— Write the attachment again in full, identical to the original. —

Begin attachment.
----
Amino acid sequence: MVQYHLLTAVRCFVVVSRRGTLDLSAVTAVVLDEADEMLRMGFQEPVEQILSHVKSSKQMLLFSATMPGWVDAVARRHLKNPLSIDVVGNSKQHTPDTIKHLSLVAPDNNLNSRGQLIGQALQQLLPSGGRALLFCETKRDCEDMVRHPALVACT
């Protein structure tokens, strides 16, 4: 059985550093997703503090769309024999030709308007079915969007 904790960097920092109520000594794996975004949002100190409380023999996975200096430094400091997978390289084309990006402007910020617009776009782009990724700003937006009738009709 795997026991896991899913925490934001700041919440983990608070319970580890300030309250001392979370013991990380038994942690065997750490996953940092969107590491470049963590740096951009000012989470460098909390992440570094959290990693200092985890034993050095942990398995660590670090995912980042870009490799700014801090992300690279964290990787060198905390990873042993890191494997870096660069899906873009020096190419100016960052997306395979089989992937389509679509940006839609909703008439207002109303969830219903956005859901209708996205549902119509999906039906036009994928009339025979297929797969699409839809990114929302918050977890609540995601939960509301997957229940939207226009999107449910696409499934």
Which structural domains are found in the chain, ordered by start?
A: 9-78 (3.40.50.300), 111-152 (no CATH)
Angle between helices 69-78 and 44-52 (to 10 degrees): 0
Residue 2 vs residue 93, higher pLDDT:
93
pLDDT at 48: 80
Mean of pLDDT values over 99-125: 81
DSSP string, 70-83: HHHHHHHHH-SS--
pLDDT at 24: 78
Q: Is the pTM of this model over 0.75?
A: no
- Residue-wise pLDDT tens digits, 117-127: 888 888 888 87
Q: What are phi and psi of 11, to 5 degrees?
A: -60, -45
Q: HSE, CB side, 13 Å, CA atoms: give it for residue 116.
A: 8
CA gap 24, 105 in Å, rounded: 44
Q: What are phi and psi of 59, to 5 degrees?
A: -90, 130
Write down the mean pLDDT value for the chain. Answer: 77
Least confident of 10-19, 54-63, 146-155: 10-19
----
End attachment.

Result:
Amino acid sequence: MVQYHLLTAVRCFVVVSRRGTLDLSAVTAVVLDEADEMLRMGFQEPVEQILSHVKSSKQMLLFSATMPGWVDAVARRHLKNPLSIDVVGNSKQHTPDTIKHLSLVAPDNNLNSRGQLIGQALQQLLPSGGRALLFCETKRDCEDMVRHPALVACT
């Protein structure tokens, strides 16, 4: 059985550093997703503090769309024999030709308007079915969007 904790960097920092109520000594794996975004949002100190409380023999996975200096430094400091997978390289084309990006402007910020617009776009782009990724700003937006009738009709 795997026991896991899913925490934001700041919440983990608070319970580890300030309250001392979370013991990380038994942690065997750490996953940092969107590491470049963590740096951009000012989470460098909390992440570094959290990693200092985890034993050095942990398995660590670090995912980042870009490799700014801090992300690279964290990787060198905390990873042993890191494997870096660069899906873009020096190419100016960052997306395979089989992937389509679509940006839609909703008439207002109303969830219903956005859901209708996205549902119509999906039906036009994928009339025979297929797969699409839809990114929302918050977890609540995601939960509301997957229940939207226009999107449910696409499934």
Which structural domains are found in the chain, ordered by start?
A: 9-78 (3.40.50.300), 111-152 (no CATH)
Angle between helices 69-78 and 44-52 (to 10 degrees): 0
Residue 2 vs residue 93, higher pLDDT:
93
pLDDT at 48: 80
Mean of pLDDT values over 99-125: 81
DSSP string, 70-83: HHHHHHHHH-SS--
pLDDT at 24: 78
Q: Is the pTM of this model over 0.75?
A: no
- Residue-wise pLDDT tens digits, 117-127: 888 888 888 87
Q: What are phi and psi of 11, to 5 degrees?
A: -60, -45
Q: HSE, CB side, 13 Å, CA atoms: give it for residue 116.
A: 8
CA gap 24, 105 in Å, rounded: 44
Q: What are phi and psi of 59, to 5 degrees?
A: -90, 130
Write down the mean pLDDT value for the chain. Answer: 77
Least confident of 10-19, 54-63, 146-155: 10-19